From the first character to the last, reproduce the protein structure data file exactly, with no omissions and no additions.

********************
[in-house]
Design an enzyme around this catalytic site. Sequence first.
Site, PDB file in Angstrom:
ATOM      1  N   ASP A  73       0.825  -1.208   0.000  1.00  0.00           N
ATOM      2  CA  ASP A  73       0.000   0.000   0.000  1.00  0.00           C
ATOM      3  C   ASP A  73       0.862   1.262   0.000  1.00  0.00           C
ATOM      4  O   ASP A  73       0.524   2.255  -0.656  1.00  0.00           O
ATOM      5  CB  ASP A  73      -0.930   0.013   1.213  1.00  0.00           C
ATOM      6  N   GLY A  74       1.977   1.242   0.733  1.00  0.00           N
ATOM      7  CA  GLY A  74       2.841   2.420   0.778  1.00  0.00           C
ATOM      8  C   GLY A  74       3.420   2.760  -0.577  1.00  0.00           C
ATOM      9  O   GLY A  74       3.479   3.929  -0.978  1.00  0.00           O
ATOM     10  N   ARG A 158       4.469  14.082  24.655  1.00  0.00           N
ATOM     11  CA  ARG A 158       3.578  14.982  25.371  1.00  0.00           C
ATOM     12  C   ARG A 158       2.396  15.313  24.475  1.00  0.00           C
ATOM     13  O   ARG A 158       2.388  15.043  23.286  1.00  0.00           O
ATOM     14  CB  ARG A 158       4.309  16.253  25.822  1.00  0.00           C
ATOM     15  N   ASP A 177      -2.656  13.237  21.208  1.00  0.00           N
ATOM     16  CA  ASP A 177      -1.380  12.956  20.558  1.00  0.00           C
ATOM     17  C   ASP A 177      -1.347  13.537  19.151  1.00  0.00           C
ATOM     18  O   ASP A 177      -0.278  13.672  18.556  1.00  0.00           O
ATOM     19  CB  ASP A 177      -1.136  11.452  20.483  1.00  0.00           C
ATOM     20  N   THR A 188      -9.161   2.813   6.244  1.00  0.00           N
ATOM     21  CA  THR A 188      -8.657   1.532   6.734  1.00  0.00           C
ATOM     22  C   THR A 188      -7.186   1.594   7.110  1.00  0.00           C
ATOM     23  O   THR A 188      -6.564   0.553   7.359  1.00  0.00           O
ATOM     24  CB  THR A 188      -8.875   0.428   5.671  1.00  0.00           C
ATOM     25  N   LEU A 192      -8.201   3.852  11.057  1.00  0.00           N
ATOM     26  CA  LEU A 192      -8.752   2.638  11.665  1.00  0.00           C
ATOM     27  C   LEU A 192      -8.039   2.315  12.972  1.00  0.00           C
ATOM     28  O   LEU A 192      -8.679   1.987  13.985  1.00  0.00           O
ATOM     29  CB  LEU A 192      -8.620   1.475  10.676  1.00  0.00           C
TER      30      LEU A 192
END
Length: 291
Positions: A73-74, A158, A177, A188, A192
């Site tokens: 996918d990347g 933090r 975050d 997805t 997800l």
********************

[in-house]
Design an enzyme around this catalytic site. Sequence first.
Site, PDB file in Angstrom:
ATOM      1  N   ASP A  73       0.825  -1.208   0.000  1.00  0.00           N
ATOM      2  CA  ASP A  73       0.000   0.000   0.000  1.00  0.00           C
ATOM      3  C   ASP A  73       0.862   1.262   0.000  1.00  0.00           C
ATOM      4  O   ASP A  73       0.524   2.255  -0.656  1.00  0.00           O
ATOM      5  CB  ASP A  73      -0.930   0.013   1.213  1.00  0.00           C
ATOM      6  N   GLY A  74       1.977   1.242   0.733  1.00  0.00           N
ATOM      7  CA  GLY A  74       2.841   2.420   0.778  1.00  0.00           C
ATOM      8  C   GLY A  74       3.420   2.760  -0.577  1.00  0.00           C
ATOM      9  O   GLY A  74       3.479   3.929  -0.978  1.00  0.00           O
ATOM     10  N   ARG A 158       4.469  14.082  24.655  1.00  0.00           N
ATOM     11  CA  ARG A 158       3.578  14.982  25.371  1.00  0.00           C
ATOM     12  C   ARG A 158       2.396  15.313  24.475  1.00  0.00           C
ATOM     13  O   ARG A 158       2.388  15.043  23.286  1.00  0.00           O
ATOM     14  CB  ARG A 158       4.309  16.253  25.822  1.00  0.00           C
ATOM     15  N   ASP A 177      -2.656  13.237  21.208  1.00  0.00           N
ATOM     16  CA  ASP A 177      -1.380  12.956  20.558  1.00  0.00           C
ATOM     17  C   ASP A 177      -1.347  13.537  19.151  1.00  0.00           C
ATOM     18  O   ASP A 177      -0.278  13.672  18.556  1.00  0.00           O
ATOM     19  CB  ASP A 177      -1.136  11.452  20.483  1.00  0.00           C
ATOM     20  N   THR A 188      -9.161   2.813   6.244  1.00  0.00           N
ATOM     21  CA  THR A 188      -8.657   1.532   6.734  1.00  0.00           C
ATOM     22  C   THR A 188      -7.186   1.594   7.110  1.00  0.00           C
ATOM     23  O   THR A 188      -6.564   0.553   7.359  1.00  0.00           O
ATOM     24  CB  THR A 188      -8.875   0.428   5.671  1.00  0.00           C
ATOM     25  N   LEU A 192      -8.201   3.852  11.057  1.00  0.00           N
ATOM     26  CA  LEU A 192      -8.752   2.638  11.665  1.00  0.00           C
ATOM     27  C   LEU A 192      -8.039   2.315  12.972  1.00  0.00           C
ATOM     28  O   LEU A 192      -8.679   1.987  13.985  1.00  0.00           O
ATOM     29  CB  LEU A 192      -8.620   1.475  10.676  1.00  0.00           C
TER      30      LEU A 192
END
Length: 291
Positions: A73-74, A158, A177, A188, A192
């Site tokens: 996918d990347g 933090r 975050d 997805t 997800l």